In preparation for this year's graduation, the UK-based Chartered Institute of Marketing (CIM) requested Busani Ngwenya for permission to include his examination script in their end-of-year examiner's report.
Ngwenya, a Zimbabwe national and current executive director of Alexander Forbes Financial Services (U) Ltd, reluctantly agreed - not knowing that such a privilege only goes to the best students.
"I never thought I was the best. Even when they sent me the invitation for graduation, I decided to ignore it since I had work on my hands," he says.
Ngwenya later learnt that he was the only student who had passed level 7 Unit 2 of marketing - the highest professional level in marketing - in all institutions affiliated to CIM across the world.
"I felt so bad that I had missed a graduation where I was the only graduand in my category. I was the only certified chartered marketer this year," he proudly says.
Enrolling for a chartered marketing certificate
Despite having worked in the field of marketing for more than a decade, Ngwenya did not have a marketing qualification. He realized this need when he was appointed the chief marketing officer for Alexander Forbes in 2008.
"I needed this qualification and I wanted it from CIM. Lucky enough, it was offered at Uganda Management Institute, which is accredited to CIM," he says.
Though there are seven levels of marketing, Ngwenya, a father of two girls, opted for level 7 - because of his rich experience (12 years) in marketing. Of the 14 people that enrolled for this level in 2011, it was only Ngwenya that passed the exams to become a chartered marketer.
On being the best
Ngwenya, a staunch Christian, attributes his good performance to God. He also acknowledges the conducive study environment at UMI including availability of the relevant marketing books, electronic resource centre, cool and green environment in addition to the experienced tutors/consultants.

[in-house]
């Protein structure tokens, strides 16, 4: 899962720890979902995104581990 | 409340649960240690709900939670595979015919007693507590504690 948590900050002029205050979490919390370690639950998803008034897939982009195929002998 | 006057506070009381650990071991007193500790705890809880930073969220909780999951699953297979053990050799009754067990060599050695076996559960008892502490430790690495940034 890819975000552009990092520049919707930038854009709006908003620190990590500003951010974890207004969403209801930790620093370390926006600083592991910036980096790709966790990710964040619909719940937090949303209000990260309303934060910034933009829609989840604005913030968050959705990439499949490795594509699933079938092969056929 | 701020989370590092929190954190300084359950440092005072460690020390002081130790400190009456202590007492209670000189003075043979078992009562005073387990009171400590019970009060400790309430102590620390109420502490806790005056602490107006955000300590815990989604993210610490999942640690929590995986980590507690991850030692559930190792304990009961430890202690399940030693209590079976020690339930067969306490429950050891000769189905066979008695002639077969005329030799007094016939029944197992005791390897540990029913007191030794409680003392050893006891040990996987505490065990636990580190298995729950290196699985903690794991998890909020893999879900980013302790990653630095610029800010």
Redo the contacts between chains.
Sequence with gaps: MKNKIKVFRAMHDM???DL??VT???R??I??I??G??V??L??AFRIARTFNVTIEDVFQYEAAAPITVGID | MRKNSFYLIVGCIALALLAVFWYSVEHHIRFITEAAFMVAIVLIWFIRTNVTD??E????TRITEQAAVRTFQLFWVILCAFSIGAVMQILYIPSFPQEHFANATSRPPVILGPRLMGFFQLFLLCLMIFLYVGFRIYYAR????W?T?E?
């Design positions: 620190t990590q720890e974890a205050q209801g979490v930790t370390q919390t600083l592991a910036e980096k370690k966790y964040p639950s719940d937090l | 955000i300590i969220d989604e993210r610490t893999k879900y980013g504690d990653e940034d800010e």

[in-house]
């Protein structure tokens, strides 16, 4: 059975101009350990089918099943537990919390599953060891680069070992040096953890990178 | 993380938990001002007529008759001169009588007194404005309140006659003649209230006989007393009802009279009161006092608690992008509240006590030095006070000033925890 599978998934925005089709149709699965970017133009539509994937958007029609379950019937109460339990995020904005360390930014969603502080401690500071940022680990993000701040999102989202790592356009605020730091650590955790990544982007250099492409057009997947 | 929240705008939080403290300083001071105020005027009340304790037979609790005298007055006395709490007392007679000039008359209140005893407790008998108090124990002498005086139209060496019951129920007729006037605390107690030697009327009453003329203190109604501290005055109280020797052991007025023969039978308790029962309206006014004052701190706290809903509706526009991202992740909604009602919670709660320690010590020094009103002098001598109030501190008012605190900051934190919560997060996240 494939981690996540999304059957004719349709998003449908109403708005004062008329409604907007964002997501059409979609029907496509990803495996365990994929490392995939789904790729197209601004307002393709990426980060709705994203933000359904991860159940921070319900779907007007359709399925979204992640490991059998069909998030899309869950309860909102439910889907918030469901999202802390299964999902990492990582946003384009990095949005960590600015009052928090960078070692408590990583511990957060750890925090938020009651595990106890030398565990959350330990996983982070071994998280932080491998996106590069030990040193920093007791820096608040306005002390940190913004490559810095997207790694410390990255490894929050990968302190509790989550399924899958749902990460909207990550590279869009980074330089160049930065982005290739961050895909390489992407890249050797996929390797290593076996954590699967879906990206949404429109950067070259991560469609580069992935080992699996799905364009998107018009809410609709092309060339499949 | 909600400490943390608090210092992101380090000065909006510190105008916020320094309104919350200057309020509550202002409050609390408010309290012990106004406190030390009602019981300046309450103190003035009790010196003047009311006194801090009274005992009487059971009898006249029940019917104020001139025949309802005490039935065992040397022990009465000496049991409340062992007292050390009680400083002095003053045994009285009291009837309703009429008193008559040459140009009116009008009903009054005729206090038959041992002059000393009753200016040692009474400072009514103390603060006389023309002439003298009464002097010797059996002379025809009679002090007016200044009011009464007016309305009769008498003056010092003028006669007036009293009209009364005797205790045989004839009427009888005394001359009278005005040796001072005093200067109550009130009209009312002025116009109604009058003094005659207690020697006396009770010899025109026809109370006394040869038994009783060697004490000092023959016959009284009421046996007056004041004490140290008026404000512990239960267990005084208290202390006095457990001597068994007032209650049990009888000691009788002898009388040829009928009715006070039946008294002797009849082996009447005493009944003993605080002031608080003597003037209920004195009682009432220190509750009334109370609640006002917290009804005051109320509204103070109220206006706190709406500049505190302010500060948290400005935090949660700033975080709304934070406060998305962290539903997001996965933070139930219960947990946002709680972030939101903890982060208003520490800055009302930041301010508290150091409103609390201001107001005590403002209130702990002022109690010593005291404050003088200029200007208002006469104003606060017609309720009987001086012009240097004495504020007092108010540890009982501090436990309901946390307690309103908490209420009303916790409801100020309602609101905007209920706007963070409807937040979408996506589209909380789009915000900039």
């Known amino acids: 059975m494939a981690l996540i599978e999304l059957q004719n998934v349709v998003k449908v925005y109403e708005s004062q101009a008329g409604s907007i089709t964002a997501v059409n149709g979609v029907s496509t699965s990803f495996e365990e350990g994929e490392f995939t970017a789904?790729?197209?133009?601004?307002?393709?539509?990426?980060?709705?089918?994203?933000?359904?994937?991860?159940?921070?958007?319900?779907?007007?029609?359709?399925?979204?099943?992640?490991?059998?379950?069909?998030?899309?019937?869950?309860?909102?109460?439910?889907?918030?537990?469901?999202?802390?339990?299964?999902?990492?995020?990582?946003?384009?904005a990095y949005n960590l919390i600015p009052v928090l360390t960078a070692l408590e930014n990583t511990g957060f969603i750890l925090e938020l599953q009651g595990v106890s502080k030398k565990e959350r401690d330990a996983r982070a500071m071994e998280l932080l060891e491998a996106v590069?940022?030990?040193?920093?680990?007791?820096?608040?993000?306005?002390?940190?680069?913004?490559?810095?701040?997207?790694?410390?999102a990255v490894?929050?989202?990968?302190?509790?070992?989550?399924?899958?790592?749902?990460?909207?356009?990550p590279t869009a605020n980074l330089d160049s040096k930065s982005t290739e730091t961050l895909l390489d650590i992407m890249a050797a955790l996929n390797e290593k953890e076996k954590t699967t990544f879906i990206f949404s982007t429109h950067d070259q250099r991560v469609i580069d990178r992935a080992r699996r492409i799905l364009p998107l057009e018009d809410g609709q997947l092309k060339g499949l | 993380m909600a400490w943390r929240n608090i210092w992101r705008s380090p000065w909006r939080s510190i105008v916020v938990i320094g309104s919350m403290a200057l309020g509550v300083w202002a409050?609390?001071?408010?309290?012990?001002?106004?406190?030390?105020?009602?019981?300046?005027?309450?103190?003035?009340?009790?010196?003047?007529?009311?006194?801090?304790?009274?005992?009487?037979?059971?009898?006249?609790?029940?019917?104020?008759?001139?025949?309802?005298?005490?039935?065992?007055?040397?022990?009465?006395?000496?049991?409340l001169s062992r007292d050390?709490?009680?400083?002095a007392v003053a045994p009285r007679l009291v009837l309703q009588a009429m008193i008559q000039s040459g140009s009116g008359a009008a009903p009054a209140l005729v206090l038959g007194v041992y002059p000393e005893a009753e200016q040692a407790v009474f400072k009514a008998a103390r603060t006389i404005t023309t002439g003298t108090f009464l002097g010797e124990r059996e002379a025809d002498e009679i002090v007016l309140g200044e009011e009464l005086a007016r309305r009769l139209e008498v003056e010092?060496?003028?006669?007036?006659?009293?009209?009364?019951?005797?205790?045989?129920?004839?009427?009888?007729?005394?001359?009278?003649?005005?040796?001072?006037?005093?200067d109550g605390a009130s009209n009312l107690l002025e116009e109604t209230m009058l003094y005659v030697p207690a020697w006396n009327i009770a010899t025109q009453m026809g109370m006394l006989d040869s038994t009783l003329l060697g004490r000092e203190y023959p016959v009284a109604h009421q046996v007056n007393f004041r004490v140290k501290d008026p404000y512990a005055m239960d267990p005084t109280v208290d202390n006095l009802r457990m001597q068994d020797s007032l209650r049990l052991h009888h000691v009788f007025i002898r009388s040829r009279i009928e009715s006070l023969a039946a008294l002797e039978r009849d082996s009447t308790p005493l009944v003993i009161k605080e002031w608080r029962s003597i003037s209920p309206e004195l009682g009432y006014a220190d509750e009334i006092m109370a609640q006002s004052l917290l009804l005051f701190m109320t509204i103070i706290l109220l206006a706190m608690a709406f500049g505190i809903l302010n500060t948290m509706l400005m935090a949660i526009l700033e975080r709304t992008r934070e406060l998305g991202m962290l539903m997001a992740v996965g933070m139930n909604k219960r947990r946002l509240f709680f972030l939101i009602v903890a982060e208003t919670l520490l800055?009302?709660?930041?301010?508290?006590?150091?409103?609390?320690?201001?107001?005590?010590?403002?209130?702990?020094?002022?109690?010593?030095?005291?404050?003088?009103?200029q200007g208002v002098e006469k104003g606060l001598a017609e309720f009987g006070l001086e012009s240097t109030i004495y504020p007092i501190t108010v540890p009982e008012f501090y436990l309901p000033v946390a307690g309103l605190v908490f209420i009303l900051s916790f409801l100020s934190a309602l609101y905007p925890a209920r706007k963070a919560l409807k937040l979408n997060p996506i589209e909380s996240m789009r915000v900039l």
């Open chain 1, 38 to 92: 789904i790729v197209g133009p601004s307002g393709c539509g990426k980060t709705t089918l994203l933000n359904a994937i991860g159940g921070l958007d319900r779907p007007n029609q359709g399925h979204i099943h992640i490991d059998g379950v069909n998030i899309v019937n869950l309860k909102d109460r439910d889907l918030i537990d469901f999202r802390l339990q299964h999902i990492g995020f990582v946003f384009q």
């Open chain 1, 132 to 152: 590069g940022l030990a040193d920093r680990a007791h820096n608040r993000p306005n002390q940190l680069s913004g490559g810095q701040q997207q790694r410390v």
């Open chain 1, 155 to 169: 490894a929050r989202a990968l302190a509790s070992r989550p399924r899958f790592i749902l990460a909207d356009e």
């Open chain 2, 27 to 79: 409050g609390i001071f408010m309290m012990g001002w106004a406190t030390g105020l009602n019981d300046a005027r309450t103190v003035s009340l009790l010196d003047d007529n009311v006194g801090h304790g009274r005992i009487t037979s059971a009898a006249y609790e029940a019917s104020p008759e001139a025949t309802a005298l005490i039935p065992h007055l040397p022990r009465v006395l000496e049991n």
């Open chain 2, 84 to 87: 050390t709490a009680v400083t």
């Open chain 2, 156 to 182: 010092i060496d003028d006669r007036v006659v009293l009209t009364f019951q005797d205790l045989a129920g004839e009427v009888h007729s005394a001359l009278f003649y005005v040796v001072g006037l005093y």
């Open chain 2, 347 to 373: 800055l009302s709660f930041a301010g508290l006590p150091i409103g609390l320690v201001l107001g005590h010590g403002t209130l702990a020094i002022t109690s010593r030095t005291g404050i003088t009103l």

The UMI is one of the top performing accredited study centres in Africa with an average pass rate of over 67%. Ngwenya, who is also the chairman of the Association of Zimbabweans in Uganda, says the main reason some people fail to accomplish such courses is poor time management.
"I made sure that I properly divided my time for work, school and family. But most importantly, one just needs to know why they're doing something and the how becomes easy," he says.
Management at Alexander Forbes Uganda
In June this year, Ngwenya was appointed Executive Director at Alexander Forbes, where he had earlier served as Head of Financial Services and Chief marketing officer.
His biggest challenge in working in Uganda has been the pace at which people do their work. "For people here, it's normal to be late, when to me, time is money," he says.
Facilitation is another challenge. "I wonder why I should pay journalists to cover an event. I thought they are doing their job by giving me coverage. This is another petty corruption that people are ignoring as they concentrate on the big monies stolen," he says.
Now at the top of management at Alexander Forbes, Ngwenya's top priority is to be a top private provider of pension products in the market as the law to liberalise the market is in the offing.
"We are the best financial administrators in Africa in terms of expertise, systems and experience. We run a professional body that tolerates no corruption. We want Ugandan pensioners' money to be in safe hands," he says.
Ngwenya says that marketing as a discipline now requires highly trained personnel, which is lacking in Uganda. In his view, Uganda lacks chartered marketers (currently less than ten in total), and urges people to enroll for these qualifications because they can make it.
Ngwenya, who came to Uganda under the UN programme of capacity building, believes he has played his part in empowering young talent. "In a few years, I expect to move to other countries that need more capacity building," he says.
Ngwenya holds a degree in Commerce, Insurance and Risk Management with a bias in marketing. Over the last 12 years, he has worked in the marketing departments of various organizations in Zimbabwe and Uganda.
For nine years, Ngwenya, a certified chartered insurance broker, was a teaching assistant at the National University of Science and Technology, Zimbabwe.